Order # 317952 Task 2.docx

Laws such as the labor act came into force to govern

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that people wanted was an improved living standard. Laws such as the Labor Act came into force to govern employee relations as a result of mass production and mechanization. Women were also given rights to vote in many countries. The normal image of women changed as a whole. As more women joined the workforce, they became agitated by increased discrepancies in pay. They would therefore join rights movement to push for political reforms that would addresses ethical issues in workplaces. Women had taken on what was considered men’s jobs, however there was no shift in the perception that women were less productive than men. Conclusion In retrospect, the alliance system, nationalistic, imperialistic, and militaristic events preceding 1914 were significant causes and developments leading to the onset of World War 1. Although there were various other factors concerning the outbreak of the First World War, the four concepts mentioned above were certainly several of the most prominent factors. The nationalistic movement of Pan-Slavism along with the Balkan Wars and the Moroccan Crisis were all key components in establishing the inexorable outbreak of the First World War. World War 1 reshaped the economic, political, and social structures throughout all of Europe and the world. The cost of war and the willingness of leaders to go far with their interests, demolished the economy and broke the will of citizens. Politically country borders were altered and new forms of government rose due to uprising of unhappy citizens. People’s initial views of imperialism and nationalism shifted as they realized the true horrific nature of war, feeling both the economic effects and emotional effects.
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ASSESSMENT ITEM 2: ESSAY 11 References Albertini, L. (2005). The Origins of the War of 1914 3 volumes translated and edited by Isabella M. Massey. Best, A., Hanhimaki, J., Maiolo, J. A., & Schulze, K. E. (2008). International history of the twentieth century and beyond . Routledge. Bull, H. (2012). The anarchical society: a study of order in world politics . Palgrave Macmillan. Diner, D. (2008). Cataclysms: a history of the Twentieth Century from Europe’s Edge . Univ of Wisconsin Press. Fischer, F. (1967). Germany's aims in the First World War . WW Norton. Fossati, W. J. (1990). Stevenson, David," The First World War and International Politics"(Book Review). The Historian , 52 (2), 330. Fromkin, D. (2007). Europe's last summer: who started the Great War in 1914? Vintage. Hastings, M. (2013). Catastrophe 1914: Europe Goes to War . Vintage. Kennedy, P. (2010). The rise and fall of the great powers . Vintage. Lafore, L. (1997). The Long Fuse: An Interpretation of the Origins of World War I . Waveland Press. MacMillan, M. (2013). The war that ended peace: The road to 1914 . Random House. McMeekin, S. (2013). 7/1/1914: Countdown to War . Basic Books (AZ). Strachan, H. (2003). World War I. Taylor, A. J. P. (1954). The struggle for mastery in Europe, 1848-1918 . Oxford University Press.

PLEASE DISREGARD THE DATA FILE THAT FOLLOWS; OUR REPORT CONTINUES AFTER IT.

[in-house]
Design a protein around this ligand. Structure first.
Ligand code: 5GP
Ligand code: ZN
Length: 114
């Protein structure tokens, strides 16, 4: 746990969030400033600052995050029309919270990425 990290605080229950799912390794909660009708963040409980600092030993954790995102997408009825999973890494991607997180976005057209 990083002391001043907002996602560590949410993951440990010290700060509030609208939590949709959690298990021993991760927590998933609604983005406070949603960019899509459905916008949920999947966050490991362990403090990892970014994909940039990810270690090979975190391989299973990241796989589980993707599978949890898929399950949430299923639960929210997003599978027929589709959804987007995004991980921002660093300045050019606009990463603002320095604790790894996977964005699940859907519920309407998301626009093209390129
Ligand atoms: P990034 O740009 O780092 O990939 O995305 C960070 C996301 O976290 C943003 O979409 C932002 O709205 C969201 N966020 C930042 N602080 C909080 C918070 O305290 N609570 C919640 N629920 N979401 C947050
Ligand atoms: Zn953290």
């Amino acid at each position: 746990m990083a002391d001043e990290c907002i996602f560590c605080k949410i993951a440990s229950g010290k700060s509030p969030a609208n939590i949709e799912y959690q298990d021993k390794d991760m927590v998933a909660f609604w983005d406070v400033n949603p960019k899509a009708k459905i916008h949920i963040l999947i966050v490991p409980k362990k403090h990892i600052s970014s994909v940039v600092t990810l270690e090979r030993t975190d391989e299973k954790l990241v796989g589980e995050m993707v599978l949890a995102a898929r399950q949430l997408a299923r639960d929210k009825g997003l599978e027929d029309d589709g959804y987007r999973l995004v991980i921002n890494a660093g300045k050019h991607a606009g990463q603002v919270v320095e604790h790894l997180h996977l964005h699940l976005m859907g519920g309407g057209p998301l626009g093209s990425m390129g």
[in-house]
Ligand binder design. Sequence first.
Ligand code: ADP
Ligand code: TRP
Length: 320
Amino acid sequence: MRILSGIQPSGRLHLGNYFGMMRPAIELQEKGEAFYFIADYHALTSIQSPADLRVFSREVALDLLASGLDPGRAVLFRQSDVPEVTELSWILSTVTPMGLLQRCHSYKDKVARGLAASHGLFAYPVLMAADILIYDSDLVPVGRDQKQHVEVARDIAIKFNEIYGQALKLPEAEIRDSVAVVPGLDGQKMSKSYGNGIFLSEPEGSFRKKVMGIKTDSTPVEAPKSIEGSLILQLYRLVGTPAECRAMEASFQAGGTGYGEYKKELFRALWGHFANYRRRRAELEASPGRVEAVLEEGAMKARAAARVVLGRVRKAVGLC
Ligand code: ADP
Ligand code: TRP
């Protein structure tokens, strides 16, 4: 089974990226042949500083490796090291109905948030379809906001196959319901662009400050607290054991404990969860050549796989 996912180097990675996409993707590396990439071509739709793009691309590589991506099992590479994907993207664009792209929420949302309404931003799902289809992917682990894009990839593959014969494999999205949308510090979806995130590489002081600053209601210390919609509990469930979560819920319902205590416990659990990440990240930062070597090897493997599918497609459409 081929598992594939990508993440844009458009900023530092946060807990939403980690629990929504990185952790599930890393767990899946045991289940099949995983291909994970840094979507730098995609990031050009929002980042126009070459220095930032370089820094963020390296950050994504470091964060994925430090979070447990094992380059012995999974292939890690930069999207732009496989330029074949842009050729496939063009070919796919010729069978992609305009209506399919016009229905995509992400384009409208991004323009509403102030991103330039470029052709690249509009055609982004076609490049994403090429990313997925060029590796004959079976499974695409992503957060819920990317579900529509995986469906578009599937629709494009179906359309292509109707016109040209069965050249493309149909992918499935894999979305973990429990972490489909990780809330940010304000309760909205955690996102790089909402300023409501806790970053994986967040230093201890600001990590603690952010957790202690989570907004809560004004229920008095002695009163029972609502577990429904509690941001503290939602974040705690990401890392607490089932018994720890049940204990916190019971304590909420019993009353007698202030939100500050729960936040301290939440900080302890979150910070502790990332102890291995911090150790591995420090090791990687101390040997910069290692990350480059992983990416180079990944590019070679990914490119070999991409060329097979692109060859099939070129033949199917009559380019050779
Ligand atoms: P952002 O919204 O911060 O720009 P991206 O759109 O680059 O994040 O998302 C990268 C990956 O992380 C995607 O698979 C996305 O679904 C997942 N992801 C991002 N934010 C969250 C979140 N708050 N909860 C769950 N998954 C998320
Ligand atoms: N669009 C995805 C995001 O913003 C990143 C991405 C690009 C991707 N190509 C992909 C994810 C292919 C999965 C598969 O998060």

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ASSESSMENT ITEM 2: ESSAY 12 Vadney, T. E. (1998). The World Since 1945: the Complete History of Global Change from 1945 to the End of the Twentieth Century.
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